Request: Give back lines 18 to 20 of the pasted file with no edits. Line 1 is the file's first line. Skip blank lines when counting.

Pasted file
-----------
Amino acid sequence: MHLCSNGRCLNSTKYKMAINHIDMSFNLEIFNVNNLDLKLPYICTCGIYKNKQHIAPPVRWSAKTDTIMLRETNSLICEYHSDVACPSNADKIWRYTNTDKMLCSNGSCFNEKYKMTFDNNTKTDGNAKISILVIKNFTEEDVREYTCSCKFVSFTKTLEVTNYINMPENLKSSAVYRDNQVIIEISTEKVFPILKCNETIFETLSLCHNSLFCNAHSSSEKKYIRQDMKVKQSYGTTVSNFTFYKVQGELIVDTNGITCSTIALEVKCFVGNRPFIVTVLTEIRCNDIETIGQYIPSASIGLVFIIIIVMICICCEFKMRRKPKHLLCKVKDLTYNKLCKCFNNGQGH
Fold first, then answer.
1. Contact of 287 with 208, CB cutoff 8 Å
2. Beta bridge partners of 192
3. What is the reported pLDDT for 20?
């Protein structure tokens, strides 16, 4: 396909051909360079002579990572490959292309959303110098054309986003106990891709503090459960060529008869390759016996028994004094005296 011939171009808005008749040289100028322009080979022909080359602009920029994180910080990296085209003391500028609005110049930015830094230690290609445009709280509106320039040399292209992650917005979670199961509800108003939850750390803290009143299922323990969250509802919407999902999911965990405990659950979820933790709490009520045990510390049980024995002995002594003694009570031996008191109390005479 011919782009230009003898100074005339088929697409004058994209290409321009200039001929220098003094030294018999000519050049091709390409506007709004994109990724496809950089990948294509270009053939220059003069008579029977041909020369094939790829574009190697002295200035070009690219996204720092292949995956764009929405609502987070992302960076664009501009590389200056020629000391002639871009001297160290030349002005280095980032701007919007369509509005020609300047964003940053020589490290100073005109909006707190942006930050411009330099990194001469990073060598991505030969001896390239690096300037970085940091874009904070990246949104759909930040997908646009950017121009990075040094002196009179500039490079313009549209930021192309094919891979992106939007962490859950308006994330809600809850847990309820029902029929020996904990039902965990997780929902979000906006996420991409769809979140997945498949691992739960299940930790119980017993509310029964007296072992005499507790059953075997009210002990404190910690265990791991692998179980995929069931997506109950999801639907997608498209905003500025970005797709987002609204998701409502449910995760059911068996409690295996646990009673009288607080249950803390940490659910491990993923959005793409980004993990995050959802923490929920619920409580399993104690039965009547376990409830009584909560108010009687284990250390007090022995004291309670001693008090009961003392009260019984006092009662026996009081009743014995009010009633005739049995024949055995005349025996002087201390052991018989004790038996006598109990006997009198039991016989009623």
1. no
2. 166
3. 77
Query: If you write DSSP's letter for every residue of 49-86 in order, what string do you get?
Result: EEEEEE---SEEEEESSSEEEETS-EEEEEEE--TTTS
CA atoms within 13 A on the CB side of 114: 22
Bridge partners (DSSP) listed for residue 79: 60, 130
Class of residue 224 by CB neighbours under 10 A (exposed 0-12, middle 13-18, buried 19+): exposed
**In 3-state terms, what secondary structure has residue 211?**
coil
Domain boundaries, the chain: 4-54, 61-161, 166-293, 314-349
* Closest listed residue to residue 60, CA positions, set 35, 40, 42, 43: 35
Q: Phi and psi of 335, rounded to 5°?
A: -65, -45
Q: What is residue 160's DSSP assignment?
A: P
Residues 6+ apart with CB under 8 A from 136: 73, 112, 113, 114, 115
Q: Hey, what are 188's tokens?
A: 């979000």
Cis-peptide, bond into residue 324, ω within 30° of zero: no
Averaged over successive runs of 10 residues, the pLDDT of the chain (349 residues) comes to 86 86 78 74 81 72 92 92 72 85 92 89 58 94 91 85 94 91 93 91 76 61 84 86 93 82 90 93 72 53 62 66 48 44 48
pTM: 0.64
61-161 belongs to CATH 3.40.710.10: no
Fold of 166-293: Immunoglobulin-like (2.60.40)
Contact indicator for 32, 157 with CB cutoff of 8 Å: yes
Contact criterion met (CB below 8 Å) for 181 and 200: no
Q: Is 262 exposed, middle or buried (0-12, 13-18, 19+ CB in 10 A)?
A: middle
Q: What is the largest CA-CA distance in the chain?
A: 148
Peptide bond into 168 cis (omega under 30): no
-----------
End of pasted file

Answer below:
* Closest listed residue to residue 60, CA positions, set 35, 40, 42, 43: 35
Q: Phi and psi of 335, rounded to 5°?
A: -65, -45